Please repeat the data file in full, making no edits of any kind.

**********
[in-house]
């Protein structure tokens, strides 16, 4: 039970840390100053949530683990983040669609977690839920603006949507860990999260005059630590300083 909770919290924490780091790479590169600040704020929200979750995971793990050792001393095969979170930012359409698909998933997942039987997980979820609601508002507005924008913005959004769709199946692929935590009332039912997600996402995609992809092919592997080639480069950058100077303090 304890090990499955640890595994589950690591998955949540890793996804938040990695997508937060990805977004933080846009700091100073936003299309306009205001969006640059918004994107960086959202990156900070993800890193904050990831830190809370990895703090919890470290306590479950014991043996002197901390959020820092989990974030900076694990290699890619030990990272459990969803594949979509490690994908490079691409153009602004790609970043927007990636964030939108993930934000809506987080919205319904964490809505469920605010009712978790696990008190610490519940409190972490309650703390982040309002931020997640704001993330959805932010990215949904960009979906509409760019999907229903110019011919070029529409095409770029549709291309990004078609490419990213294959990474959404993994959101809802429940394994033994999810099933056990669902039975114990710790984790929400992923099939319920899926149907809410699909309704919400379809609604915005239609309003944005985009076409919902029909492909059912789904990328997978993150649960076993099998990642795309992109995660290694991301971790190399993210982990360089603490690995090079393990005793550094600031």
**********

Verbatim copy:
[in-house]
């Protein structure tokens, strides 16, 4: 039970840390100053949530683990983040669609977690839920603006949507860990999260005059630590300083 909770919290924490780091790479590169600040704020929200979750995971793990050792001393095969979170930012359409698909998933997942039987997980979820609601508002507005924008913005959004769709199946692929935590009332039912997600996402995609992809092919592997080639480069950058100077303090 304890090990499955640890595994589950690591998955949540890793996804938040990695997508937060990805977004933080846009700091100073936003299309306009205001969006640059918004994107960086959202990156900070993800890193904050990831830190809370990895703090919890470290306590479950014991043996002197901390959020820092989990974030900076694990290699890619030990990272459990969803594949979509490690994908490079691409153009602004790609970043927007990636964030939108993930934000809506987080919205319904964490809505469920605010009712978790696990008190610490519940409190972490309650703390982040309002931020997640704001993330959805932010990215949904960009979906509409760019999907229903110019011919070029529409095409770029549709291309990004078609490419990213294959990474959404993994959101809802429940394994033994999810099933056990669902039975114990710790984790929400992923099939319920899926149907809410699909309704919400379809609604915005239609309003944005985009076409919902029909492909059912789904990328997978993150649960076993099998990642795309992109995660290694991301971790190399993210982990360089603490690995090079393990005793550094600031």